When I asked if I could make this public, I was informed that this information is already public. Yes, I forgot the fact that Brian Deer had a letter from the GMC’s attorneys already. That is from May, 2005. I guess this whole, “he’s a complainant even if he isn’t a Complainant” thing has been going on for some time.

The “forensic analysis” seems to rest on the fact that Brian Deer has communicated with the GMC. There doesn’t seem to be any actual complaint filed, but, as we are told:

But what Deer does not reveal is that on February 25, 2004, three days after his article attacking Wakefield had been published in the Sunday Times, he had written to the GMC…

Yes, according to this timeline, Brian Deer published his article and then contacted the GMC 3 days later. It is characterized as a “spontaneous” communication in the complaint. As in, Brian Deer just out of the blue decided he needed to contact the GMC.

Dr. Wakefield left out an important part of the timeline. Namely, his own call for a GMC investigation. Here is a timeline:

February 22, 2004, Brian Deer’s article, Revealed: MMR research scandal is published.

February 23, 2004: Dr Wakefield states, “I’d welcome inquiry

“Serious allegations have been made against me in relation to the provision of clinical care for children with autism and bowel disease, and the reporting of their disease. It has been proposed that my role in this matter should be investigated by the GMC. I not only welcome this, I insist on it and I will be making contact with the GMC personally.”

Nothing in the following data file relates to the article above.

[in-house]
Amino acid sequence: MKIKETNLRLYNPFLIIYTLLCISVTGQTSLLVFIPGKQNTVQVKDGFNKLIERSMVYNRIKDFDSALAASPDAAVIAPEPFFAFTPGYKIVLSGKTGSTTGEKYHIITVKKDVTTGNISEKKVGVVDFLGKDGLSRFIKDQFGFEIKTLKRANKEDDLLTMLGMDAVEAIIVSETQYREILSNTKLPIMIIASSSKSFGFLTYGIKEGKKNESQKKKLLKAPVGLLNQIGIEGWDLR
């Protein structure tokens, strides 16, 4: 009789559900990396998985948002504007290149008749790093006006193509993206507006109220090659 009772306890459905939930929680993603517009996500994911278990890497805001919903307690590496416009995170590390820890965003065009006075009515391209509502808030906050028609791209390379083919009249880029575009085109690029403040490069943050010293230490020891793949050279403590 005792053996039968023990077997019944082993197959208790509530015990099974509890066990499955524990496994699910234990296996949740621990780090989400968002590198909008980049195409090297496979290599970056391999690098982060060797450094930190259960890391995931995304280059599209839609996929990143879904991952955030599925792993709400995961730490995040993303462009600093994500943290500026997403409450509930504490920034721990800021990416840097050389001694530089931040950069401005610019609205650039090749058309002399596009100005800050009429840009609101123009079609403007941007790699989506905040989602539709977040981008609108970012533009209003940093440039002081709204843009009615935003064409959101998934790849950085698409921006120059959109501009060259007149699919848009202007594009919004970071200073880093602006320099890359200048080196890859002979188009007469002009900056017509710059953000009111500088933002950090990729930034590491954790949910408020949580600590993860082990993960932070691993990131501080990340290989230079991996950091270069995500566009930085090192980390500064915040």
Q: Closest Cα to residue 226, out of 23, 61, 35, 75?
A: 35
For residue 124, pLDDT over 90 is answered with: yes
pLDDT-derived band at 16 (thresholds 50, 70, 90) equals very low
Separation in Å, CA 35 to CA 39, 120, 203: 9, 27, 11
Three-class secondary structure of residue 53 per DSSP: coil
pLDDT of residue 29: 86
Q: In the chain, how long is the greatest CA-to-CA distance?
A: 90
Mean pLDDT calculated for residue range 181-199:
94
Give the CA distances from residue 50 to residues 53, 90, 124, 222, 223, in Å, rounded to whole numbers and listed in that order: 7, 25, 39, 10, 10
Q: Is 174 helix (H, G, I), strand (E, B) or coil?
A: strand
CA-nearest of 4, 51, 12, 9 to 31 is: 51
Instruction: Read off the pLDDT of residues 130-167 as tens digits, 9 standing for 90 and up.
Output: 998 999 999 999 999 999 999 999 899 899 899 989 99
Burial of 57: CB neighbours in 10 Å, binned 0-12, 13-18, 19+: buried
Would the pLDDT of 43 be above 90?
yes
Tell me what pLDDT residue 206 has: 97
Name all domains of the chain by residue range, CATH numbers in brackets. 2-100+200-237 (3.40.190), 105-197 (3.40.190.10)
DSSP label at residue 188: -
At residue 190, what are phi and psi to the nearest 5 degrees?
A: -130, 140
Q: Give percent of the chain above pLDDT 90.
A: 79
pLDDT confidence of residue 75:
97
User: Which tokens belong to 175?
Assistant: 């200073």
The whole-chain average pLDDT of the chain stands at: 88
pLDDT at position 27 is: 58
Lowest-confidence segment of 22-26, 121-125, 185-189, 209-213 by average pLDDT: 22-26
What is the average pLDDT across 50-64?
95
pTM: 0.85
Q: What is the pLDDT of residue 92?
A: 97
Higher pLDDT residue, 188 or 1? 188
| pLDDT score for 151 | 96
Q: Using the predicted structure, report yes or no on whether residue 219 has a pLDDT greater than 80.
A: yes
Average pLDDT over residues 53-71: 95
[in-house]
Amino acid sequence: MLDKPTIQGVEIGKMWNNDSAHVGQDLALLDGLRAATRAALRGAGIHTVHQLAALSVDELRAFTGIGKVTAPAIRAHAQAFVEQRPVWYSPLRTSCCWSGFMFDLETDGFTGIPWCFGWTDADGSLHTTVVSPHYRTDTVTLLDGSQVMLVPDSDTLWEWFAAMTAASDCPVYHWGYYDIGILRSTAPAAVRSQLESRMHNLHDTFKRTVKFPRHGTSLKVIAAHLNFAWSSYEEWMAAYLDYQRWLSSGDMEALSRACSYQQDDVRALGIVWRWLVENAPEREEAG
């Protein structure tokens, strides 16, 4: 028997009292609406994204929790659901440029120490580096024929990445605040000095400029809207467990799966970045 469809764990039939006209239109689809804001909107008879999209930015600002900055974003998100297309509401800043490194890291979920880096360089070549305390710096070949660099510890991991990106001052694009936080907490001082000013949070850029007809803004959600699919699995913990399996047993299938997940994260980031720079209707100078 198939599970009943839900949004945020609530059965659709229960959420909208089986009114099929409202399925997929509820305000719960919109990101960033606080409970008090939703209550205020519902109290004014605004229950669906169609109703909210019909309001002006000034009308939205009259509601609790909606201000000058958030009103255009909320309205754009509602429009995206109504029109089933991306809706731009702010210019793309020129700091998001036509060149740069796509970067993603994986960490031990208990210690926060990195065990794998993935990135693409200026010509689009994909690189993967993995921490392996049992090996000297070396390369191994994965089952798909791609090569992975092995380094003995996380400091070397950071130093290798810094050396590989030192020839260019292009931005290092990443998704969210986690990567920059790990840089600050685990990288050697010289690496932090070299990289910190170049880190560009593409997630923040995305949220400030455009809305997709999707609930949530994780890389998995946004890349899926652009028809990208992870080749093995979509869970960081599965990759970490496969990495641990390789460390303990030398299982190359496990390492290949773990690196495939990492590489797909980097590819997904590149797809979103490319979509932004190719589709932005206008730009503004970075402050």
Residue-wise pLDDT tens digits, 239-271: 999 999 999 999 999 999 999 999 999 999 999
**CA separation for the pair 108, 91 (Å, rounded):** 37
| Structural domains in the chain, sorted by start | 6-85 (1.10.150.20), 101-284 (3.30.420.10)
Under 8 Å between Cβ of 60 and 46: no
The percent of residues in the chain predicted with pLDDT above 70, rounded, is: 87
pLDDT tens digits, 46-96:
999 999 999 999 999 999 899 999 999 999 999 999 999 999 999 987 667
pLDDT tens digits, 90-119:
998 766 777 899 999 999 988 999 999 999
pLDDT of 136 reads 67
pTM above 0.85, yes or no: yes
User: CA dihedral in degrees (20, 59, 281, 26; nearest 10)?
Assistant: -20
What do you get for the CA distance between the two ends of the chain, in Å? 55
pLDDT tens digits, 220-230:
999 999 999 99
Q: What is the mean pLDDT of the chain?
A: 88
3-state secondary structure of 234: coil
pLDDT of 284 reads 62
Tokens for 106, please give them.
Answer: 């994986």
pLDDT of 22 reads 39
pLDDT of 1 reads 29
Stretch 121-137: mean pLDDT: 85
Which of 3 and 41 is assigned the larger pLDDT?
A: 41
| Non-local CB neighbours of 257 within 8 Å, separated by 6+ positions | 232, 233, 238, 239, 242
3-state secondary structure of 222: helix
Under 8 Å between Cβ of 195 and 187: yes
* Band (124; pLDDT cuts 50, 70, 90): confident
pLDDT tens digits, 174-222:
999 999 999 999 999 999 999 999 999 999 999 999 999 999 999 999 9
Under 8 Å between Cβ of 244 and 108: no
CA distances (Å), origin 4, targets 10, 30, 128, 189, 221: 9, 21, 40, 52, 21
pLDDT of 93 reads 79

Two days later, on February 25, 2004: Brian Deer emails the GMC. This appears to be the first contact between Mr. Deer and the GMC. According to the excerpt in the PCC complaint filed by Dr. Wakefield:

email from Brian Deer to Tim Cox-Brown, Caseworker GMC, 12.16 pm 2.25.04. This is a sixpage letter concluding with the statement “As a matter of public duty, I write to offer this outline of my main findings, and to offer the GMC my fullest cooperation in getting to the bottom of these matters”.

Which, according to Dr. Wakefield, makes Brian Deer the “complainant” in the GMC hearing:

This reads as a spontaneous and intentional contact with the GMC for the purpose of requesting to put before them the substance of his complaint and in fact, doing so i.e. making a complaint.

Spontaneous? I guess if you leave out critical details like Dr. Wakefield’s own call for investigation. As I titled the post, couldn’t one say that Dr. Wakefield is the complainant? After all, it is Dr. Wakefield who appears to have called for the investigation.

4 Responses to “Was Dr. Wakefield the complainant in his own GMC case?”